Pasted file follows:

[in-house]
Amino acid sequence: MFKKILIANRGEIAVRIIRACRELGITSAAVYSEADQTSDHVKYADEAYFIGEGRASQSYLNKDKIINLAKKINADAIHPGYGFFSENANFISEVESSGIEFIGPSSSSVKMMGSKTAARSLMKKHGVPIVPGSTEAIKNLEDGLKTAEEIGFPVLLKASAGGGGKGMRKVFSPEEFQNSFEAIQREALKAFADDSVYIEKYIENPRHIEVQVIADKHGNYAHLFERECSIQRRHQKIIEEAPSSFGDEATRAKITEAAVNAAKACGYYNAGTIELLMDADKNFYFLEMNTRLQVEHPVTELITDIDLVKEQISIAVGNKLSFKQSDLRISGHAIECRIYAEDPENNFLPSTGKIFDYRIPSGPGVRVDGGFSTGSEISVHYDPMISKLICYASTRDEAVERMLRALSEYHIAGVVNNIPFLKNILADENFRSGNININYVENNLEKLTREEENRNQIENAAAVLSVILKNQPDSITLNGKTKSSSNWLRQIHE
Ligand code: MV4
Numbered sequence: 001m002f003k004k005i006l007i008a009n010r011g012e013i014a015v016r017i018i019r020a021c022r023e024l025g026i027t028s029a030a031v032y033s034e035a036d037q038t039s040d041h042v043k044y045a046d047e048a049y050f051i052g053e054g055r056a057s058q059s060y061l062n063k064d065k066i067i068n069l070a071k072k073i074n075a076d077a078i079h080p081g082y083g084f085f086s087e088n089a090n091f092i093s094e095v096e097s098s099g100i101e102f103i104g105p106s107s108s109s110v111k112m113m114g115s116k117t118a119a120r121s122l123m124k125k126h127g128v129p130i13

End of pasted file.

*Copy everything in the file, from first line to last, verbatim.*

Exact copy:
[in-house]
Amino acid sequence: MFKKILIANRGEIAVRIIRACRELGITSAAVYSEADQTSDHVKYADEAYFIGEGRASQSYLNKDKIINLAKKINADAIHPGYGFFSENANFISEVESSGIEFIGPSSSSVKMMGSKTAARSLMKKHGVPIVPGSTEAIKNLEDGLKTAEEIGFPVLLKASAGGGGKGMRKVFSPEEFQNSFEAIQREALKAFADDSVYIEKYIENPRHIEVQVIADKHGNYAHLFERECSIQRRHQKIIEEAPSSFGDEATRAKITEAAVNAAKACGYYNAGTIELLMDADKNFYFLEMNTRLQVEHPVTELITDIDLVKEQISIAVGNKLSFKQSDLRISGHAIECRIYAEDPENNFLPSTGKIFDYRIPSGPGVRVDGGFSTGSEISVHYDPMISKLICYASTRDEAVERMLRALSEYHIAGVVNNIPFLKNILADENFRSGNININYVENNLEKLTREEENRNQIENAAAVLSVILKNQPDSITLNGKTKSSSNWLRQIHE
Ligand code: MV4
Numbered sequence: 001m002f003k004k005i006l007i008a009n010r011g012e013i014a015v016r017i018i019r020a021c022r023e024l025g026i027t028s029a030a031v032y033s034e035a036d037q038t039s040d041h042v043k044y045a046d047e048a049y050f051i052g053e054g055r056a057s058q059s060y061l062n063k064d065k066i067i068n069l070a071k072k073i074n075a076d077a078i079h080p081g082y083g084f085f086s087e088n089a090n091f092i093s094e095v096e097s098s099g100i101e102f103i104g105p106s107s108s109s110v111k112m113m114g115s116k117t118a119a120r121s122l123m124k125k126h127g128v129p130i13